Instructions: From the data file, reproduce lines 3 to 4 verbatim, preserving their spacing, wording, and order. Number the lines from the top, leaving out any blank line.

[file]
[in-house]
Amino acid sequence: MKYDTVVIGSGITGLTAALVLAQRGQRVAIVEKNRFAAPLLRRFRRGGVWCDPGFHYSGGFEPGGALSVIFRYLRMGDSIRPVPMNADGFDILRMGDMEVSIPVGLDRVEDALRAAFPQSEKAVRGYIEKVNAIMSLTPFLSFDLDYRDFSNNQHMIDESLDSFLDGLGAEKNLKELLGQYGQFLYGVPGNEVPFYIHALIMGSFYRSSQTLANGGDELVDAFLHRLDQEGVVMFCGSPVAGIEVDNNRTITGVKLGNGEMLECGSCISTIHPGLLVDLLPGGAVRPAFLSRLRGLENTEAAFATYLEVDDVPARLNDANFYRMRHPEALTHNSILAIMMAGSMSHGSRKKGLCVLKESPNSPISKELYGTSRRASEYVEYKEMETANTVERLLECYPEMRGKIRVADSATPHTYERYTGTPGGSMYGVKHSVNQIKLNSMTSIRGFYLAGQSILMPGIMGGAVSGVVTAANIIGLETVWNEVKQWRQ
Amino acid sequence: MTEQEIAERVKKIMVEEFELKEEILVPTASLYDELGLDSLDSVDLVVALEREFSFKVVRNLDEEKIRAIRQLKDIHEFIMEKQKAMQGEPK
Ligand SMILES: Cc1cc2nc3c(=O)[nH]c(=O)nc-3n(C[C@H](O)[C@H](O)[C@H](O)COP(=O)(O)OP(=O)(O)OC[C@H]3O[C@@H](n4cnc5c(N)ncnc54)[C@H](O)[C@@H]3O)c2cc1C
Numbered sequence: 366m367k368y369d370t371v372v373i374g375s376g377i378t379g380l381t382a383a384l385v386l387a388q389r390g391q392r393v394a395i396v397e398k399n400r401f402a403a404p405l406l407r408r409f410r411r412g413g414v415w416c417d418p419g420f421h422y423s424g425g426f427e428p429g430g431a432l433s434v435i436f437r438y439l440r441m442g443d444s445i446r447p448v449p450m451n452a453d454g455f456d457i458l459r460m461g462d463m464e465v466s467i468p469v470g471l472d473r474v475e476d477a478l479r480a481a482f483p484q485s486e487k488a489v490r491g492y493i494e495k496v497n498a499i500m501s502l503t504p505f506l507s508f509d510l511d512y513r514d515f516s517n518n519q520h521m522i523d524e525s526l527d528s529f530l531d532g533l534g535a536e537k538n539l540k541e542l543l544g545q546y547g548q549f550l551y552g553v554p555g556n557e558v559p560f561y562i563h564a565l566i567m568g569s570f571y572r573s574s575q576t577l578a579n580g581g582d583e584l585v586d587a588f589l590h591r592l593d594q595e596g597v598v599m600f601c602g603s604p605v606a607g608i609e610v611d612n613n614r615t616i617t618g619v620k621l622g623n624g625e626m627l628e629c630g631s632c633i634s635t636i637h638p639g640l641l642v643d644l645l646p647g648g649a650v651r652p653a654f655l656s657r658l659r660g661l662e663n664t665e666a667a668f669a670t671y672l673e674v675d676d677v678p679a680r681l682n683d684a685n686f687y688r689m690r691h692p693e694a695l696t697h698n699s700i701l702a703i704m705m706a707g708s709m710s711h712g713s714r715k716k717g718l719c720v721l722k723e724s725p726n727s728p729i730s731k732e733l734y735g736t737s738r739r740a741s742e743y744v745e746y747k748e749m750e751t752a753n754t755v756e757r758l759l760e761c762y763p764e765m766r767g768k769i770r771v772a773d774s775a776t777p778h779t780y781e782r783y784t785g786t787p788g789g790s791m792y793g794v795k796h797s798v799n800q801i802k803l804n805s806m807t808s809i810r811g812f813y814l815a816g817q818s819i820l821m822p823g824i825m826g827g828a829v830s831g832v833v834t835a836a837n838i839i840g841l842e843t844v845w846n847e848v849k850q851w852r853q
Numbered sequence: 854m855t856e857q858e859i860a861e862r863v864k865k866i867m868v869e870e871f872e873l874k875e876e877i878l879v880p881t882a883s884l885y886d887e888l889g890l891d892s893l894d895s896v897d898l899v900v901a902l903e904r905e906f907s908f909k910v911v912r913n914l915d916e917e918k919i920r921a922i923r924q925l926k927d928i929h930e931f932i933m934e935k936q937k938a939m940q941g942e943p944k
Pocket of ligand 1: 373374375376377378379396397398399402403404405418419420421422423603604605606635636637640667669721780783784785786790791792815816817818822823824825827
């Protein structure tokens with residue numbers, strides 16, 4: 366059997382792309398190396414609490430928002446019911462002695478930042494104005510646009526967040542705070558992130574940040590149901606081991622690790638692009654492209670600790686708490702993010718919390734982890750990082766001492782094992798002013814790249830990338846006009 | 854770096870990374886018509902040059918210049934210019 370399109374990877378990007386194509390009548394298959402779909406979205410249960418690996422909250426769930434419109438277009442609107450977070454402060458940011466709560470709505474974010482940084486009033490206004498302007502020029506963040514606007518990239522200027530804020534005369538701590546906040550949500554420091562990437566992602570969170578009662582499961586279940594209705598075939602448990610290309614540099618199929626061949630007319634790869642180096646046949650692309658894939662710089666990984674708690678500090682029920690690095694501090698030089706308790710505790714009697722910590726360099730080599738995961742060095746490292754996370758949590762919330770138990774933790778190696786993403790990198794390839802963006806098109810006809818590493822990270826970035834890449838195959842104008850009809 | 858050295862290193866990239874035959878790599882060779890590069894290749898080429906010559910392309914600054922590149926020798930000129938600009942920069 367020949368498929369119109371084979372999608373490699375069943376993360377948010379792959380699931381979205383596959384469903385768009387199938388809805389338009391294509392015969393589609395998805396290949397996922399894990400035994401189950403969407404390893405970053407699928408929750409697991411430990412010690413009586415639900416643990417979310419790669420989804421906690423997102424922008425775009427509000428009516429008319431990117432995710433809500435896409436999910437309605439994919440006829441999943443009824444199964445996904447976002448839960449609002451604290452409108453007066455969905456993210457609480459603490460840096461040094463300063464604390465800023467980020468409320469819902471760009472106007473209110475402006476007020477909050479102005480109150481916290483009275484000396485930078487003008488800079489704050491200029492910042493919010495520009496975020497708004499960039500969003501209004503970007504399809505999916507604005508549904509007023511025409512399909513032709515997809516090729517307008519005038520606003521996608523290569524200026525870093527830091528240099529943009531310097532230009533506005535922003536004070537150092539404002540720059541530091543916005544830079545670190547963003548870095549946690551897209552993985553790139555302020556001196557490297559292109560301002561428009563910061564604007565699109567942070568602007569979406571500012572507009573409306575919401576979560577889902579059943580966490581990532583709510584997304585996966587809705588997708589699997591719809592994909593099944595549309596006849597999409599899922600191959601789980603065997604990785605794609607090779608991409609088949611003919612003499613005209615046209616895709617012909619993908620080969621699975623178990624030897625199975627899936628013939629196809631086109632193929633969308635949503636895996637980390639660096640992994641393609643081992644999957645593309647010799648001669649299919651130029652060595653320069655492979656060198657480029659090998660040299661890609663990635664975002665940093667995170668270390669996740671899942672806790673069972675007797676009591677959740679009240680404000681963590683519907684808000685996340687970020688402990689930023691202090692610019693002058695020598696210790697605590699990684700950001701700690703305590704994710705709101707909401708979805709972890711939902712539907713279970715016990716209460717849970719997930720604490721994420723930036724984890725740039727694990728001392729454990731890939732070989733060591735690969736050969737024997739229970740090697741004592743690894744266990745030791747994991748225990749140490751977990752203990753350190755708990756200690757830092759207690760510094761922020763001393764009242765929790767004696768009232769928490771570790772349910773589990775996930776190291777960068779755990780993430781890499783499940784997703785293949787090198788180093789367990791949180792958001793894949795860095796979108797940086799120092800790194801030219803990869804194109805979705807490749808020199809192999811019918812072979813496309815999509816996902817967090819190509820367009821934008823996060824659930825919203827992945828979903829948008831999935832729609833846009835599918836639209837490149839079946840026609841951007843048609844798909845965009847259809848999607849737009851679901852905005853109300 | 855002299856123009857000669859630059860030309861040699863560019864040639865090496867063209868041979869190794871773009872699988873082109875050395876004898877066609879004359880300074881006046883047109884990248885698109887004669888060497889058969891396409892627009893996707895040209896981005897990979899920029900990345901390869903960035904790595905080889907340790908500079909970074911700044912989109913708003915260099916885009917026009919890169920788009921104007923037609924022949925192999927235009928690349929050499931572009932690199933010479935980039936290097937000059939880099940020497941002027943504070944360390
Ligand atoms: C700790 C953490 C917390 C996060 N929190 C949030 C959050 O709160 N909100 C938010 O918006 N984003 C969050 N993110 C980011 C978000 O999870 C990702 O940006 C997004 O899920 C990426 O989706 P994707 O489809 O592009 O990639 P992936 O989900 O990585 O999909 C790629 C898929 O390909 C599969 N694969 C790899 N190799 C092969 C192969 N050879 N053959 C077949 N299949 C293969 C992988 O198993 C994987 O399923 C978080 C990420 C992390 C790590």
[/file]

Amino acid sequence: MTEQEIAERVKKIMVEEFELKEEILVPTASLYDELGLDSLDSVDLVVALEREFSFKVVRNLDEEKIRAIRQLKDIHEFIMEKQKAMQGEPK
Ligand SMILES: Cc1cc2nc3c(=O)[nH]c(=O)nc-3n(C[C@H](O)[C@H](O)[C@H](O)COP(=O)(O)OP(=O)(O)OC[C@H]3O[C@@H](n4cnc5c(N)ncnc54)[C@H](O)[C@@H]3O)c2cc1C